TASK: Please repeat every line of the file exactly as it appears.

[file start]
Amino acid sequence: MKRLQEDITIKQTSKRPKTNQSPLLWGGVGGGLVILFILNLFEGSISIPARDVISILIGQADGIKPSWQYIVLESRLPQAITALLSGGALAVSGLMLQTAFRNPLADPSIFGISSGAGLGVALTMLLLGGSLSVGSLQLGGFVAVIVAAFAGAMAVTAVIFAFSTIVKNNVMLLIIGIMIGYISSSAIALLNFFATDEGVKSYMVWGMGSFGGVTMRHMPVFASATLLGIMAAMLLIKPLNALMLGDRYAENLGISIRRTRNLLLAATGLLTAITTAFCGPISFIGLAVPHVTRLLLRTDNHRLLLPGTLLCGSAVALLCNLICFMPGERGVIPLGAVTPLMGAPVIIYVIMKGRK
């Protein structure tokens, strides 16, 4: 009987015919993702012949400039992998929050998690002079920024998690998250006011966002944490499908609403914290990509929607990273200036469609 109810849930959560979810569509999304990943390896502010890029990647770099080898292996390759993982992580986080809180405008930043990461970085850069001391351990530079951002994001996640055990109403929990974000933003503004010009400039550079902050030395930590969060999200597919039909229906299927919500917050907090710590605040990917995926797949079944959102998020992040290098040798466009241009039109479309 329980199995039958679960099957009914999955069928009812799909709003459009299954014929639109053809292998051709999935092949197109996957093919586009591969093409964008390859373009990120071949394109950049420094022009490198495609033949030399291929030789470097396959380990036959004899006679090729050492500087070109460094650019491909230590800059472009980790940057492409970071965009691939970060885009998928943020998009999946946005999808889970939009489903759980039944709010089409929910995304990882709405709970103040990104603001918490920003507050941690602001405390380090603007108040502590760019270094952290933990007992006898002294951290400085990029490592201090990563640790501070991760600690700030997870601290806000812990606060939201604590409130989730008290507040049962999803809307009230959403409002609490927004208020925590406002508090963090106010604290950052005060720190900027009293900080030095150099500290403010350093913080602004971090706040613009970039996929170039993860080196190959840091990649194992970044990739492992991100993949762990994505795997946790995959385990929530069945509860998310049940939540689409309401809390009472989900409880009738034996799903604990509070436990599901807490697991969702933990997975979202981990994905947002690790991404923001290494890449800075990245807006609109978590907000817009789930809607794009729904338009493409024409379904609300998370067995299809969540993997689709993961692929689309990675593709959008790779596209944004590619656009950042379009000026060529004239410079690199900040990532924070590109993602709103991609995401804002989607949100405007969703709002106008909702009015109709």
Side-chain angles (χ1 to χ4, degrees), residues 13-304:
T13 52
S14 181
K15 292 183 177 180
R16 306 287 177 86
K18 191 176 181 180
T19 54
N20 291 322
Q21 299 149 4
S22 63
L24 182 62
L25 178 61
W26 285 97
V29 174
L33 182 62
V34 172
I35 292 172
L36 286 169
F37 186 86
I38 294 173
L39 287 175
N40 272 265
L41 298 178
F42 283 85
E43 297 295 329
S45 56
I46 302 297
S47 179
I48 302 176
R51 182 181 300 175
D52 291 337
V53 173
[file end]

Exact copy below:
Amino acid sequence: MKRLQEDITIKQTSKRPKTNQSPLLWGGVGGGLVILFILNLFEGSISIPARDVISILIGQADGIKPSWQYIVLESRLPQAITALLSGGALAVSGLMLQTAFRNPLADPSIFGISSGAGLGVALTMLLLGGSLSVGSLQLGGFVAVIVAAFAGAMAVTAVIFAFSTIVKNNVMLLIIGIMIGYISSSAIALLNFFATDEGVKSYMVWGMGSFGGVTMRHMPVFASATLLGIMAAMLLIKPLNALMLGDRYAENLGISIRRTRNLLLAATGLLTAITTAFCGPISFIGLAVPHVTRLLLRTDNHRLLLPGTLLCGSAVALLCNLICFMPGERGVIPLGAVTPLMGAPVIIYVIMKGRK
């Protein structure tokens, strides 16, 4: 009987015919993702012949400039992998929050998690002079920024998690998250006011966002944490499908609403914290990509929607990273200036469609 109810849930959560979810569509999304990943390896502010890029990647770099080898292996390759993982992580986080809180405008930043990461970085850069001391351990530079951002994001996640055990109403929990974000933003503004010009400039550079902050030395930590969060999200597919039909229906299927919500917050907090710590605040990917995926797949079944959102998020992040290098040798466009241009039109479309 329980199995039958679960099957009914999955069928009812799909709003459009299954014929639109053809292998051709999935092949197109996957093919586009591969093409964008390859373009990120071949394109950049420094022009490198495609033949030399291929030789470097396959380990036959004899006679090729050492500087070109460094650019491909230590800059472009980790940057492409970071965009691939970060885009998928943020998009999946946005999808889970939009489903759980039944709010089409929910995304990882709405709970103040990104603001918490920003507050941690602001405390380090603007108040502590760019270094952290933990007992006898002294951290400085990029490592201090990563640790501070991760600690700030997870601290806000812990606060939201604590409130989730008290507040049962999803809307009230959403409002609490927004208020925590406002508090963090106010604290950052005060720190900027009293900080030095150099500290403010350093913080602004971090706040613009970039996929170039993860080196190959840091990649194992970044990739492992991100993949762990994505795997946790995959385990929530069945509860998310049940939540689409309401809390009472989900409880009738034996799903604990509070436990599901807490697991969702933990997975979202981990994905947002690790991404923001290494890449800075990245807006609109978590907000817009789930809607794009729904338009493409024409379904609300998370067995299809969540993997689709993961692929689309990675593709959008790779596209944004590619656009950042379009000026060529004239410079690199900040990532924070590109993602709103991609995401804002989607949100405007969703709002106008909702009015109709």
Side-chain angles (χ1 to χ4, degrees), residues 13-304:
T13 52
S14 181
K15 292 183 177 180
R16 306 287 177 86
K18 191 176 181 180
T19 54
N20 291 322
Q21 299 149 4
S22 63
L24 182 62
L25 178 61
W26 285 97
V29 174
L33 182 62
V34 172
I35 292 172
L36 286 169
F37 186 86
I38 294 173
L39 287 175
N40 272 265
L41 298 178
F42 283 85
E43 297 295 329
S45 56
I46 302 297
S47 179
I48 302 176
R51 182 181 300 175
D52 291 337
V53 173